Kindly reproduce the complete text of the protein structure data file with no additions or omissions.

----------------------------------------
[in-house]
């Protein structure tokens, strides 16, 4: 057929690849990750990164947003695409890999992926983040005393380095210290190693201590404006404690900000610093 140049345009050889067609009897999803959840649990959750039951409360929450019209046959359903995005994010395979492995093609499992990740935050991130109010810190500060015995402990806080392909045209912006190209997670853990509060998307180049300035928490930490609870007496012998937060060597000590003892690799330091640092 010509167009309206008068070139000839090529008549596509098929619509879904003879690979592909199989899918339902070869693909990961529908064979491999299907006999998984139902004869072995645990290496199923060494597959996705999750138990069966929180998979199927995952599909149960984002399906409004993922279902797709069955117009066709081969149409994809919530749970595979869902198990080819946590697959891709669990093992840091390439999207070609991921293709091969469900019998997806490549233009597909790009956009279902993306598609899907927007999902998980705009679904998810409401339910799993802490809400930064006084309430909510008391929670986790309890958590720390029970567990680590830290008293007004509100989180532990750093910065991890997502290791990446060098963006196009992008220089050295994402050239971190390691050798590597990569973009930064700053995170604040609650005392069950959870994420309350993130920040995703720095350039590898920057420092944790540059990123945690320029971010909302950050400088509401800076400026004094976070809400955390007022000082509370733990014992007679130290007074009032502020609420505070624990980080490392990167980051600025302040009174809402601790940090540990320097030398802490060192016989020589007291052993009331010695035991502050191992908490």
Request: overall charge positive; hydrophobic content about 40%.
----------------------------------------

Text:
[in-house]
């Protein structure tokens, strides 16, 4: 057929690849990750990164947003695409890999992926983040005393380095210290190693201590404006404690900000610093 140049345009050889067609009897999803959840649990959750039951409360929450019209046959359903995005994010395979492995093609499992990740935050991130109010810190500060015995402990806080392909045209912006190209997670853990509060998307180049300035928490930490609870007496012998937060060597000590003892690799330091640092 010509167009309206008068070139000839090529008549596509098929619509879904003879690979592909199989899918339902070869693909990961529908064979491999299907006999998984139902004869072995645990290496199923060494597959996705999750138990069966929180998979199927995952599909149960984002399906409004993922279902797709069955117009066709081969149409994809919530749970595979869902198990080819946590697959891709669990093992840091390439999207070609991921293709091969469900019998997806490549233009597909790009956009279902993306598609899907927007999902998980705009679904998810409401339910799993802490809400930064006084309430909510008391929670986790309890958590720390029970567990680590830290008293007004509100989180532990750093910065991890997502290791990446060098963006196009992008220089050295994402050239971190390691050798590597990569973009930064700053995170604040609650005392069950959870994420309350993130920040995703720095350039590898920057420092944790540059990123945690320029971010909302950050400088509401800076400026004094976070809400955390007022000082509370733990014992007679130290007074009032502020609420505070624990980080490392990167980051600025302040009174809402601790940090540990320097030398802490060192016989020589007291052993009331010695035991502050191992908490």
Request: overall charge positive; hydrophobic content about 40%.